Broken fridge - Landlord or tenant responsible for removing?

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    Broken fridge - Landlord or tenant responsible for removing?

    Hi all

    Happy new year.

    The fridge has broken and both LL and T agree that it can not be fixed. Who is responsible for the costs involed in removing the fridge?

    It belongs to the LL and was listed on the original inventory. T has used it since moving in 3yrs ago.

    The tenancy agreement does not reference anything to do with white goods. T argues that as she does not drive, she would have to pay someone (The Council) to remove it. She is loathe to do this as it belongs to the LL. The LL argues that it is the T's responsibility...

    Thanks

    #2
    It would be the tenants responsibility to pay for its removal.


    My council do free removals, but if they didn't, As a landlord, I would pay for it if the tenant had been a good one for 3 years though.
    Has she a front garden that it can go in, as I find that they are taken away by travellers within a few days.
    Allow tenants to protect their own deposits. I want free money when they do it wrong

    Comment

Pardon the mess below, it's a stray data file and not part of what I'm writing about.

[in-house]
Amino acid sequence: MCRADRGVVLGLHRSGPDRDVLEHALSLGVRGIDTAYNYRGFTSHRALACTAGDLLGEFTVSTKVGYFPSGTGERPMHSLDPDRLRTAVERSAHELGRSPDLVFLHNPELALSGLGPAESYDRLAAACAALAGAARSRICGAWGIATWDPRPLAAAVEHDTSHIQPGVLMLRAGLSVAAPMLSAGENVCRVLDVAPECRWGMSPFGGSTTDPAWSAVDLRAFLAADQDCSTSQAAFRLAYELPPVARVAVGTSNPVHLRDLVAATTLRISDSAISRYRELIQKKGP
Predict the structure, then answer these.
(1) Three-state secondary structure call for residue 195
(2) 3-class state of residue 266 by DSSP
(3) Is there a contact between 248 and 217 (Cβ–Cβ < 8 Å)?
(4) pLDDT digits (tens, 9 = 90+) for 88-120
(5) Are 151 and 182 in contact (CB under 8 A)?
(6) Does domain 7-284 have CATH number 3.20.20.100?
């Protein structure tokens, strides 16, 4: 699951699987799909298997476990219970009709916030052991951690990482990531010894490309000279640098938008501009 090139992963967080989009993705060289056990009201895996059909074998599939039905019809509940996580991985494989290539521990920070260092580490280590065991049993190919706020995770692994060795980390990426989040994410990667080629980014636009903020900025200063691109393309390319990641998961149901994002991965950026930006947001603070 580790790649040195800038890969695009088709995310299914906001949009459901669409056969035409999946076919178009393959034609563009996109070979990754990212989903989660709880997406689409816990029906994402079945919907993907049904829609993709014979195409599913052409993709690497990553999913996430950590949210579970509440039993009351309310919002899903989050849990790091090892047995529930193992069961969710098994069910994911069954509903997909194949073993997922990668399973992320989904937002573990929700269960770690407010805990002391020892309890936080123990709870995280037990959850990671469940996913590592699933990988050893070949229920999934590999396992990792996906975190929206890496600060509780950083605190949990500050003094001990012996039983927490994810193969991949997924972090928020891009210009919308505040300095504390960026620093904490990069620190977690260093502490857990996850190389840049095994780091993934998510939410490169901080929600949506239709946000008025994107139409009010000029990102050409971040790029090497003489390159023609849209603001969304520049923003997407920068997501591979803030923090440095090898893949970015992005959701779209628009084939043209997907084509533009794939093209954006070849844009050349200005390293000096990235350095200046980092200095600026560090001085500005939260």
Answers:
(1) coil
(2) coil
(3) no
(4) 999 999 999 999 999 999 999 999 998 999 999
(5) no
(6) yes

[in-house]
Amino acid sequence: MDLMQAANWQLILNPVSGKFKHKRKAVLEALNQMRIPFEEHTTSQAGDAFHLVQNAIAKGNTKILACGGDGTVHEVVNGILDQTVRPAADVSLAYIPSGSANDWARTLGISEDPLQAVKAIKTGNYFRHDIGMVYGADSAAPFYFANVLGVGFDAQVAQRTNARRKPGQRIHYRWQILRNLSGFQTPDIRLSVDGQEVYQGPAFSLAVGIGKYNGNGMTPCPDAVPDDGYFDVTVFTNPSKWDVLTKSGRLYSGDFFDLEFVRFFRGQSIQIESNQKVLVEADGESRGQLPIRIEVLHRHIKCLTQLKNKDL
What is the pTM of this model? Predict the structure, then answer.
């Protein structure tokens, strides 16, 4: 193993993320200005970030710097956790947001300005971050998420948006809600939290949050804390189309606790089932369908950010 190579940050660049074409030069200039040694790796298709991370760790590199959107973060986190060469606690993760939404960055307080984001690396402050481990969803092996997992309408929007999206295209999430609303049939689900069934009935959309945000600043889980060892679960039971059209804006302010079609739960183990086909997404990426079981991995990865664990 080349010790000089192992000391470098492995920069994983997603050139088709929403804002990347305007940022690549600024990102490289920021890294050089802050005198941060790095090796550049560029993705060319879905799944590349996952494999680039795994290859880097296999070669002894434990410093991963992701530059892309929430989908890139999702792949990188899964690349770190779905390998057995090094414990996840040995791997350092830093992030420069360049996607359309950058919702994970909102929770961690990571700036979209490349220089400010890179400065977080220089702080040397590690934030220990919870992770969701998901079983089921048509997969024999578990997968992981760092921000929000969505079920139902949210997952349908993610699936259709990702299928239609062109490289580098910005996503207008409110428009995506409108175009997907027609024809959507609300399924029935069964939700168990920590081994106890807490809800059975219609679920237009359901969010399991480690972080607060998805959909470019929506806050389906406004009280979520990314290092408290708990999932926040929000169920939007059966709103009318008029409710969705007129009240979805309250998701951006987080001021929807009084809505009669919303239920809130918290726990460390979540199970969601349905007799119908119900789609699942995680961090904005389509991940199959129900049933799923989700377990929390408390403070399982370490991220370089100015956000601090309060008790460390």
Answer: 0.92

#3
      Originally posted by thesaint View Post
      It would be the tenants responsibility to pay for its removal.


      My council do free removals, but if they didn't, As a landlord, I would pay for it if the tenant had been a good one for 3 years though.
      Has she a front garden that it can go in, as I find that they are taken away by travellers within a few days.
      Would the working fridge not form part of the contract if it omitted any special clause thus the fact that it has broken down means that the landlord should be responsible for replacement, and any reasonable cost in removing the old one?
      [I]The opinions I give are simply my opinions and interpretations of what I have learnt, in numerous years as a property professional, I would not rely upon them without consulting with a paid advisor and providing them with all the relevant facts[I]

      Comment


        #4
        As post number 3.

        But what if the bath cracks, or sink taps want replacing, or a wall
        fallsdown, ( as they can after many years ) Are you going to ask the
        tenant to dispose of the bath, taps, and old bricks ?

        what if the landlord redecorates after 5 to7 years, Do you expect
        the tenant toget rid of all the old wall paper and paint cans.
        No you don't.

        The fridge is rented off the landlord, therefore the landlord replaces
        the fridge and removes the old one.

        If I rented a car, and while parked, it gets destroyed by a 40 ton
        truck, there is no way I would be asked to remove the hire car
        to the tip when my replacement car arrives !

        R.a.M.

        Comment


          #5